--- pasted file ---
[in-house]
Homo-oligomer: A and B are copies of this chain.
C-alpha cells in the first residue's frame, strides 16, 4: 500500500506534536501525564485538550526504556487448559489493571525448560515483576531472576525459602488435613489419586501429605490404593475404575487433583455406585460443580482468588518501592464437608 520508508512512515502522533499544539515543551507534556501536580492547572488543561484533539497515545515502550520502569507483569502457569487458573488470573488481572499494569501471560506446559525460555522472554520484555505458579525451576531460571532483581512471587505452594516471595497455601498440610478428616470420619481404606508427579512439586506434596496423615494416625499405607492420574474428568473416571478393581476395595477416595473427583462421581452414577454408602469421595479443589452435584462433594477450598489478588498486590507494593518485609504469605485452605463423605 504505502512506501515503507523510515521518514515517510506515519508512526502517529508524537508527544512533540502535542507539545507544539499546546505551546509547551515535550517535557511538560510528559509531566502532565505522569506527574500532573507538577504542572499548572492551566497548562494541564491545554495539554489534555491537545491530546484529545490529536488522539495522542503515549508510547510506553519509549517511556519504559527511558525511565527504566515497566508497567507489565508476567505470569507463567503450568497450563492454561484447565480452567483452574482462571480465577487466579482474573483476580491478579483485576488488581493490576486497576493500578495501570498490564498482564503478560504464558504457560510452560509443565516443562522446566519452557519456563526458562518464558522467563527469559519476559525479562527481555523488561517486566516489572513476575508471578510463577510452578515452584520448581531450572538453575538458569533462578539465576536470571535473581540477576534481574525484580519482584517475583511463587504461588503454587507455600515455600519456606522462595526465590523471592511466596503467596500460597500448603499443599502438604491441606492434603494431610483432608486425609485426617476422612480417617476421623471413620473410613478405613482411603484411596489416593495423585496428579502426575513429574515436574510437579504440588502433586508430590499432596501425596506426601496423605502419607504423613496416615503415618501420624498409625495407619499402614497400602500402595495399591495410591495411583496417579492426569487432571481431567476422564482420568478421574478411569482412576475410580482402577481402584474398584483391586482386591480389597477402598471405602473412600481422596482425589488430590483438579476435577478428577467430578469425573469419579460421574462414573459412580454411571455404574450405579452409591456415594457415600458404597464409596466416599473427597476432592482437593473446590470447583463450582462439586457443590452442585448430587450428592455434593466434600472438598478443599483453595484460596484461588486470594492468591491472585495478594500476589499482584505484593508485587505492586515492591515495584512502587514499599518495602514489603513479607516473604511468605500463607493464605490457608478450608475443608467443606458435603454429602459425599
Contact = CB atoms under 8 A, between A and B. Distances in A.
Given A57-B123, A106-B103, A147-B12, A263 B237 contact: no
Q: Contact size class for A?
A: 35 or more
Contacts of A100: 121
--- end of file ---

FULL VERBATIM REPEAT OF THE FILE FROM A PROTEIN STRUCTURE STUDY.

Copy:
[in-house]
Homo-oligomer: A and B are copies of this chain.
C-alpha cells in the first residue's frame, strides 16, 4: 500500500506534536501525564485538550526504556487448559489493571525448560515483576531472576525459602488435613489419586501429605490404593475404575487433583455406585460443580482468588518501592464437608 520508508512512515502522533499544539515543551507534556501536580492547572488543561484533539497515545515502550520502569507483569502457569487458573488470573488481572499494569501471560506446559525460555522472554520484555505458579525451576531460571532483581512471587505452594516471595497455601498440610478428616470420619481404606508427579512439586506434596496423615494416625499405607492420574474428568473416571478393581476395595477416595473427583462421581452414577454408602469421595479443589452435584462433594477450598489478588498486590507494593518485609504469605485452605463423605 504505502512506501515503507523510515521518514515517510506515519508512526502517529508524537508527544512533540502535542507539545507544539499546546505551546509547551515535550517535557511538560510528559509531566502532565505522569506527574500532573507538577504542572499548572492551566497548562494541564491545554495539554489534555491537545491530546484529545490529536488522539495522542503515549508510547510506553519509549517511556519504559527511558525511565527504566515497566508497567507489565508476567505470569507463567503450568497450563492454561484447565480452567483452574482462571480465577487466579482474573483476580491478579483485576488488581493490576486497576493500578495501570498490564498482564503478560504464558504457560510452560509443565516443562522446566519452557519456563526458562518464558522467563527469559519476559525479562527481555523488561517486566516489572513476575508471578510463577510452578515452584520448581531450572538453575538458569533462578539465576536470571535473581540477576534481574525484580519482584517475583511463587504461588503454587507455600515455600519456606522462595526465590523471592511466596503467596500460597500448603499443599502438604491441606492434603494431610483432608486425609485426617476422612480417617476421623471413620473410613478405613482411603484411596489416593495423585496428579502426575513429574515436574510437579504440588502433586508430590499432596501425596506426601496423605502419607504423613496416615503415618501420624498409625495407619499402614497400602500402595495399591495410591495411583496417579492426569487432571481431567476422564482420568478421574478411569482412576475410580482402577481402584474398584483391586482386591480389597477402598471405602473412600481422596482425589488430590483438579476435577478428577467430578469425573469419579460421574462414573459412580454411571455404574450405579452409591456415594457415600458404597464409596466416599473427597476432592482437593473446590470447583463450582462439586457443590452442585448430587450428592455434593466434600472438598478443599483453595484460596484461588486470594492468591491472585495478594500476589499482584505484593508485587505492586515492591515495584512502587514499599518495602514489603513479607516473604511468605500463607493464605490457608478450608475443608467443606458435603454429602459425599
Contact = CB atoms under 8 A, between A and B. Distances in A.
Given A57-B123, A106-B103, A147-B12, A263 B237 contact: no
Q: Contact size class for A?
A: 35 or more
Contacts of A100: 121